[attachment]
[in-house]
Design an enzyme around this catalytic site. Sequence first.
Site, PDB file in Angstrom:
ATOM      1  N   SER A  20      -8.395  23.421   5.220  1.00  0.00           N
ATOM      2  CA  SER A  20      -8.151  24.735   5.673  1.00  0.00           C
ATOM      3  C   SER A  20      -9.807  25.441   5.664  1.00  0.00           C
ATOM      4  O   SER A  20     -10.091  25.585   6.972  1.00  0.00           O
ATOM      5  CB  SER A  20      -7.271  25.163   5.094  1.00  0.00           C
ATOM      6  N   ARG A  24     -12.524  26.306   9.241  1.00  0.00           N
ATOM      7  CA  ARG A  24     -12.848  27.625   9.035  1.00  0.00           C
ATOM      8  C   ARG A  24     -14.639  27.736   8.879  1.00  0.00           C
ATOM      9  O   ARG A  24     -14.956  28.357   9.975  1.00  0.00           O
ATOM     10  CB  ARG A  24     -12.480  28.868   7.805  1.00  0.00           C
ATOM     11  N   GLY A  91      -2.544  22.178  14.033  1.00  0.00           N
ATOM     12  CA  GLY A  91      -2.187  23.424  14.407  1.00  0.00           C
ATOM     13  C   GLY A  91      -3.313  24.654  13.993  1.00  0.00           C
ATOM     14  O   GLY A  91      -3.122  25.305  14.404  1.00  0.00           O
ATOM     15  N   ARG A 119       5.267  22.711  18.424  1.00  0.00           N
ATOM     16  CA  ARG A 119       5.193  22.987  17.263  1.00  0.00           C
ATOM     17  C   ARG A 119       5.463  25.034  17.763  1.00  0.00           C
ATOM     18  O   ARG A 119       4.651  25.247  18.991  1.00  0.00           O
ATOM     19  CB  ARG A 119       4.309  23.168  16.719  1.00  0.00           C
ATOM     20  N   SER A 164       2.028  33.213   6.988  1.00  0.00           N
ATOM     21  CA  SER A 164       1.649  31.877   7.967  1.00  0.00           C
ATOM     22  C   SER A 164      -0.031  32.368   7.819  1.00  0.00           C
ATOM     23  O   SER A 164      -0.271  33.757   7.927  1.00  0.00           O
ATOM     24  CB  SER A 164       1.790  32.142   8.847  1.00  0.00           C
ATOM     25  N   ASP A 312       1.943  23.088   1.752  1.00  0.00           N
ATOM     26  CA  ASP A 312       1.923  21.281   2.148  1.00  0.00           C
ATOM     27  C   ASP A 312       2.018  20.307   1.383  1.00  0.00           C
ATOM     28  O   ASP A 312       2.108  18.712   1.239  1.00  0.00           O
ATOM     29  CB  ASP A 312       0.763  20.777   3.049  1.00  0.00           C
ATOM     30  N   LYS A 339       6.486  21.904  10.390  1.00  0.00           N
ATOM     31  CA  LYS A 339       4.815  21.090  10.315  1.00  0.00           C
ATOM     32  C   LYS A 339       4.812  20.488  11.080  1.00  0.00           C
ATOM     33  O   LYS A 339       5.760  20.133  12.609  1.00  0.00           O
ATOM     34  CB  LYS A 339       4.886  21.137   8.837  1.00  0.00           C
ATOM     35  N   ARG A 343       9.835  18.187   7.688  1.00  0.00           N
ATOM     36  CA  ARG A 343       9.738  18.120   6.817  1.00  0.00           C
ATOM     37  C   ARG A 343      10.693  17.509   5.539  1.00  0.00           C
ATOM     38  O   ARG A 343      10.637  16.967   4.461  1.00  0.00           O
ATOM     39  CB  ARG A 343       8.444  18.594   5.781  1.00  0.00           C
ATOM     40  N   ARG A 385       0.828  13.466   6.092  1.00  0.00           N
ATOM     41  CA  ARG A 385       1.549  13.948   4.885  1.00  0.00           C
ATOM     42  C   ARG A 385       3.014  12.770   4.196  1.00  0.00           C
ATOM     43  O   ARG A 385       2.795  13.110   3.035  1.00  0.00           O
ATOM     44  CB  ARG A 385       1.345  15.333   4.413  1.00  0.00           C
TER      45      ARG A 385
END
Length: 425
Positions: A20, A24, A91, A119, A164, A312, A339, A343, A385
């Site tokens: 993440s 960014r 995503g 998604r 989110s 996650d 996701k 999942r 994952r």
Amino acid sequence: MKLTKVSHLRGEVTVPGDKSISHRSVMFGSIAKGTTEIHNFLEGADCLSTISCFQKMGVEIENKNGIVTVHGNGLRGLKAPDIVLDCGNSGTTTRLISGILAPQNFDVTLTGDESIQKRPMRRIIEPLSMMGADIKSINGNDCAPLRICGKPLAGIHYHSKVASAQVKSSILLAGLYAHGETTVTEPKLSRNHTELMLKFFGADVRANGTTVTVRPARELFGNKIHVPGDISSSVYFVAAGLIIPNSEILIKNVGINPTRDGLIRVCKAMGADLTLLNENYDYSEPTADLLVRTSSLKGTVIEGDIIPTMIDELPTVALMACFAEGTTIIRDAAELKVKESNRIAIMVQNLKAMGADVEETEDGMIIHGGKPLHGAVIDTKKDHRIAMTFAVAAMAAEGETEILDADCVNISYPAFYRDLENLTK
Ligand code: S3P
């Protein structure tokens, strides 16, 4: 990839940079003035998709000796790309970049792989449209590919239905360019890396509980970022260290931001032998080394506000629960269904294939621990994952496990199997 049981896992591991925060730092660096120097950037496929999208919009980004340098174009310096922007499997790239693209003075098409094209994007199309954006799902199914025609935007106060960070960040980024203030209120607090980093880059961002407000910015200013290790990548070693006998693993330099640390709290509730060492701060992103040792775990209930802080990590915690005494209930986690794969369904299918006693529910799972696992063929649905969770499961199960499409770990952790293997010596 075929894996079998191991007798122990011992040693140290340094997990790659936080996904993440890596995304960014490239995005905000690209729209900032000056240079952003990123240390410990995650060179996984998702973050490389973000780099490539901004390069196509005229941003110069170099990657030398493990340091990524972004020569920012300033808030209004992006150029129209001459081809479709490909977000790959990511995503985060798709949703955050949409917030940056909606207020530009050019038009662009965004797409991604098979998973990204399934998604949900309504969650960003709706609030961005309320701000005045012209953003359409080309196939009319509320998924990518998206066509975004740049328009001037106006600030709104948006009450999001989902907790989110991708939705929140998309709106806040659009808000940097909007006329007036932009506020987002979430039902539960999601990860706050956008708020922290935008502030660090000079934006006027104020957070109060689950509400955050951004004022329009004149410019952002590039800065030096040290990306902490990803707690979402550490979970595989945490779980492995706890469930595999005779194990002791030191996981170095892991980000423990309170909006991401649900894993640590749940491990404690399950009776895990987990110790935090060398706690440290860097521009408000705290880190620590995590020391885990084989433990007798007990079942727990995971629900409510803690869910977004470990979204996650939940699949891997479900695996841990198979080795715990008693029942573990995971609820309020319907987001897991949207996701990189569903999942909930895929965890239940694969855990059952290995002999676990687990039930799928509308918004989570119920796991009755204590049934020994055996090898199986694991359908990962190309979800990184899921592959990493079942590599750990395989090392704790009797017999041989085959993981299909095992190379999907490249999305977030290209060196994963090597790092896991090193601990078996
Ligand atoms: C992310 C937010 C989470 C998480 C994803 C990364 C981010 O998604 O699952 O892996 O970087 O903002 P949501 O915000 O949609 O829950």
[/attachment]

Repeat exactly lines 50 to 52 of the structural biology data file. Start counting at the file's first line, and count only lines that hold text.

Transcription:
Length: 425
Positions: A20, A24, A91, A119, A164, A312, A339, A343, A385
């Site tokens: 993440s 960014r 995503g 998604r 989110s 996650d 996701k 999942r 994952r």